Australia’s central bank will cut interest rates to 1% within a year to combat weak inflation and rising unemployment and could then turn to unconventional monetary policy, according to Alan Oster, the chief economist at National Australia Bank Ltd.
Announcing updated rate forecasts in conjunction with the release of NAB’s July business confidence and conditions survey that both showed declines, Oster is focused on risks to the economic outlook in 2018, when a lift in natural-gas exports levels off and a dwelling construction cycle turns down.
The Reserve Bank of Australia “is seemingly less worried than we thought about using up some of its valuable remaining monetary policy ammunition,” Oster said, referring to two cuts in the past four months to a record-low 1.5%.
“The case for further cuts from the RBA appears to be mounting.”
NAB’s 1% rate call joins a growing group that includes JPMorgan Chase & Co., Morgan Stanley and Macquarie Bank Ltd.
Prior to the Aug. 2 interest-rate cut, the lender had forecast a 1.75% rate through the third quarter of 2017.
To stabilize the jobless rate at around 5.5%, the RBA will need to provide further medium-term support through two more 25 basis point cuts in May and August 2017, said Oster.
“And thereafter raises the prospect of the RBA thinking about the use of non-conventional monetary policy measures,” he said.
Australia’s central bank has studied the examples of unorthodox policy conducted by its peers, and would favor a multi-pronged stimulus if economic conditions unexpectedly deteriorated.
While the RBA says the chances of considering unconventional steps is “very remote,” incoming Governor Philip Lowe — who takes the helm in September — has indicated that lowering the rate on its own would lose effectiveness as it approaches 1 percent.
“The outlook for inflation remains very subdued,” said Oster, a former OECD and Treasury official, who expects CPI to remain below the bottom end of the RBA’s 2% to 3% target until mid-2018.
“Most of the factors currently suppressing inflation are likely to persist, including low wages growth, strong retail competition both domestically and offshore, low commodity prices globally and slow growth in rents as dwelling supply picks up.”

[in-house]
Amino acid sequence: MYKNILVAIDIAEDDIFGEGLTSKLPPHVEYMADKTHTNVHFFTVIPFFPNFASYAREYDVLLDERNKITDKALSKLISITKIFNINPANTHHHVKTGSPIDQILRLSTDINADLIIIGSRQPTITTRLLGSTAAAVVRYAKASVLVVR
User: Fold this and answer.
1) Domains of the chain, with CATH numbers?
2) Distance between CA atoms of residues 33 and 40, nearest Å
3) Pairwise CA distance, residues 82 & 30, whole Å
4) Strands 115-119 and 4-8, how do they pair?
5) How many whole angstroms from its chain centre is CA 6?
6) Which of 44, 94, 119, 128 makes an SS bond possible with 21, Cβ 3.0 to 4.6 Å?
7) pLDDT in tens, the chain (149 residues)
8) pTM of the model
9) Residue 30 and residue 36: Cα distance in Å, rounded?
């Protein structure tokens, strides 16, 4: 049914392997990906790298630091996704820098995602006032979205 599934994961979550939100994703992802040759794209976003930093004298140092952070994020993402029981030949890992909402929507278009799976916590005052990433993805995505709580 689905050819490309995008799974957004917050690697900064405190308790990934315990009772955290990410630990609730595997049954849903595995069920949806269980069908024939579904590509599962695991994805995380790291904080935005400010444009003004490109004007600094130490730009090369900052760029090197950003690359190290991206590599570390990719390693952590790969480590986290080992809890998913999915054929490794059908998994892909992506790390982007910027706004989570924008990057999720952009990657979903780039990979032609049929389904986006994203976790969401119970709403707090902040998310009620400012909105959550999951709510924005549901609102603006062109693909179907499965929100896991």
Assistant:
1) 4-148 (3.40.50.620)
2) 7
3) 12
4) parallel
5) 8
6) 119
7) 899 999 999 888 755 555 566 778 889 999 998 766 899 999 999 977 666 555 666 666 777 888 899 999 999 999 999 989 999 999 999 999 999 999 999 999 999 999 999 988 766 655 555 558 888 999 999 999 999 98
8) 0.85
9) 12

Oster noted that in Friday’s quarterly Statement on Monetary Policy the RBA “appeared to be much more focused on highlighting the downside risks to the outlook,” particularly in relation to the likely direction and degree of spare capacity in the labor market.
NAB’s business confidence survey slipped 1 point to 4 in July, compared with a long-term average of 6; business conditions — a measure of hiring, sales and profits that reflects the here and now — slipped 3 points to 8, but still well above the long-run average of 5.
The economy is reasonably solid in the near-term, supported by an improved non-mining economy — particularly with strong growth in residential construction — and increased hard commodity production, Oster said.
That’s shown in the business survey, which has consistently shown very high levels of conditions and positive confidence “despite some large external shocks such as the Brexit vote,” he said.
It’s also worth noting that the survey was conducted July 25-29, before the Aug. 2 rate cut.
Longer-term risks are becoming increasingly apparent in Australia, Oster said.
These could require additional policy action to support growth, especially if the RBA hopes to see inflation return to be within its target band.
“Both global and domestic disinflationary pressures are expected to keep CPI inflation below the target band for an extended period, while structural shifts in the economy and modest economic growth will leave the unemployment rate under pressure,” Oster said.
The Aussie dollar has held at around 76 U.S. cents since last week’s rate cut, having fallen as low as 68.64 cents in mid-January.
Australia’s key services industries of tourism and education are heavily influenced by the currency’s trajectory.
Devaluing the currency would be the best option for the RBA if conventional monetary policy reached its limits, according to Saul Eslake, also a veteran economist of the nation’s financial markets.
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